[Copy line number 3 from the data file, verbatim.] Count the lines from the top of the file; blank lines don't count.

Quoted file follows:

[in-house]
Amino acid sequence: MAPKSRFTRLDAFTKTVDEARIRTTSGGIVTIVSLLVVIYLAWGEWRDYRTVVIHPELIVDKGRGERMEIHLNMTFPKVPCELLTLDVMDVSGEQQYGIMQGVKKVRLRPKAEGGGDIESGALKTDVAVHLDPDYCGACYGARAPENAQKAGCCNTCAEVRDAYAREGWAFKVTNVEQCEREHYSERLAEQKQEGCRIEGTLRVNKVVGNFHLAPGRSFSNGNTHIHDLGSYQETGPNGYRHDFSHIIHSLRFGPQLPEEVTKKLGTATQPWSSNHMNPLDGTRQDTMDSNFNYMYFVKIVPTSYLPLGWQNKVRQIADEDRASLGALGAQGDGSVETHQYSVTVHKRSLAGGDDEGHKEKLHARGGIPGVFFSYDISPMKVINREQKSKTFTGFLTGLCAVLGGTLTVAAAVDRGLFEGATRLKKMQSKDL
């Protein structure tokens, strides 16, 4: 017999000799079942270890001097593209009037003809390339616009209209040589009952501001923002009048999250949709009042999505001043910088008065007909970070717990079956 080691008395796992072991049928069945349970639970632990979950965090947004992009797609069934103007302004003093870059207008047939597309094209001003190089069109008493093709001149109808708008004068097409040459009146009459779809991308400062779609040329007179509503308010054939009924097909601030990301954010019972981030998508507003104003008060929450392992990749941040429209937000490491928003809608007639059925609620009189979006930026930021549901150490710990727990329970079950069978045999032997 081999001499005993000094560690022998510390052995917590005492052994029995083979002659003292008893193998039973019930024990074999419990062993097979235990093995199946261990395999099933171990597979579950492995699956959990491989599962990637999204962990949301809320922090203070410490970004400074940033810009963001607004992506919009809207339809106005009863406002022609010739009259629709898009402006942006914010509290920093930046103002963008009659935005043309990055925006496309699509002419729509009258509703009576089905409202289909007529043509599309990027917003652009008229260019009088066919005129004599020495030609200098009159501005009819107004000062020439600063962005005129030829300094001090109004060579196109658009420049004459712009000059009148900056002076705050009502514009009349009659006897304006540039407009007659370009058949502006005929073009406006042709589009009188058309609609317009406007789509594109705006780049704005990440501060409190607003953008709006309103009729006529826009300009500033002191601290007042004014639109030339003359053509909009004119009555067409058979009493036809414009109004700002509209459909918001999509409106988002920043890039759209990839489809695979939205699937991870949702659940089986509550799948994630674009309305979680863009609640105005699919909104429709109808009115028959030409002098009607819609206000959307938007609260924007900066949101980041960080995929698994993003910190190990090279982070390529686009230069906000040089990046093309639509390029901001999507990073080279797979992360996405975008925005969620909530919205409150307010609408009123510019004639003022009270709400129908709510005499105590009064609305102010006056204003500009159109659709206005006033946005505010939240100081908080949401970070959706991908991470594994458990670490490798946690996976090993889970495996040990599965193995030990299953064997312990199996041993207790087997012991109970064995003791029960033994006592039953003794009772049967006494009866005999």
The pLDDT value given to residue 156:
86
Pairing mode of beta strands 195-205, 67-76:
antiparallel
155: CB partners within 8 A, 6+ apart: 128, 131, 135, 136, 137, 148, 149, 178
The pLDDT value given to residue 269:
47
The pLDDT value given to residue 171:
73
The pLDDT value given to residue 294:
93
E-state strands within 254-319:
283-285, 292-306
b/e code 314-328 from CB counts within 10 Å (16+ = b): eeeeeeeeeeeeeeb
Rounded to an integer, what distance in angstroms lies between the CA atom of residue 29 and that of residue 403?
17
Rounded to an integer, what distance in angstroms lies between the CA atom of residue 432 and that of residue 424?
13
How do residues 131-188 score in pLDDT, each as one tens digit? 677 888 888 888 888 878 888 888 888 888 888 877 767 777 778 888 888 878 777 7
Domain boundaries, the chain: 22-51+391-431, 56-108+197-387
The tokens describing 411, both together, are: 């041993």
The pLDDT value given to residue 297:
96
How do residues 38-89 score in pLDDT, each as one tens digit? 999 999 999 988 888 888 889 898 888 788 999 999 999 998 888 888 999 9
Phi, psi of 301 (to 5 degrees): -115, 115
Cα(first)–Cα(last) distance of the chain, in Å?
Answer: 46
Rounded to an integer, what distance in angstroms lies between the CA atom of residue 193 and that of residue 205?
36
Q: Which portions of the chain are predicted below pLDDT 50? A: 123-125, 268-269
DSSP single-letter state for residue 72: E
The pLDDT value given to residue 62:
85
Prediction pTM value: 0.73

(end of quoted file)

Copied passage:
């Protein structure tokens, strides 16, 4: 017999000799079942270890001097593209009037003809390339616009209209040589009952501001923002009048999250949709009042999505001043910088008065007909970070717990079956 080691008395796992072991049928069945349970639970632990979950965090947004992009797609069934103007302004003093870059207008047939597309094209001003190089069109008493093709001149109808708008004068097409040459009146009459779809991308400062779609040329007179509503308010054939009924097909601030990301954010019972981030998508507003104003008060929450392992990749941040429209937000490491928003809608007639059925609620009189979006930026930021549901150490710990727990329970079950069978045999032997 081999001499005993000094560690022998510390052995917590005492052994029995083979002659003292008893193998039973019930024990074999419990062993097979235990093995199946261990395999099933171990597979579950492995699956959990491989599962990637999204962990949301809320922090203070410490970004400074940033810009963001607004992506919009809207339809106005009863406002022609010739009259629709898009402006942006914010509290920093930046103002963008009659935005043309990055925006496309699509002419729509009258509703009576089905409202289909007529043509599309990027917003652009008229260019009088066919005129004599020495030609200098009159501005009819107004000062020439600063962005005129030829300094001090109004060579196109658009420049004459712009000059009148900056002076705050009502514009009349009659006897304006540039407009007659370009058949502006005929073009406006042709589009009188058309609609317009406007789509594109705006780049704005990440501060409190607003953008709006309103009729006529826009300009500033002191601290007042004014639109030339003359053509909009004119009555067409058979009493036809414009109004700002509209459909918001999509409106988002920043890039759209990839489809695979939205699937991870949702659940089986509550799948994630674009309305979680863009609640105005699919909104429709109808009115028959030409002098009607819609206000959307938007609260924007900066949101980041960080995929698994993003910190190990090279982070390529686009230069906000040089990046093309639509390029901001999507990073080279797979992360996405975008925005969620909530919205409150307010609408009123510019004639003022009270709400129908709510005499105590009064609305102010006056204003500009159109659709206005006033946005505010939240100081908080949401970070959706991908991470594994458990670490490798946690996976090993889970495996040990599965193995030990299953064997312990199996041993207790087997012991109970064995003791029960033994006592039953003794009772049967006494009866005999």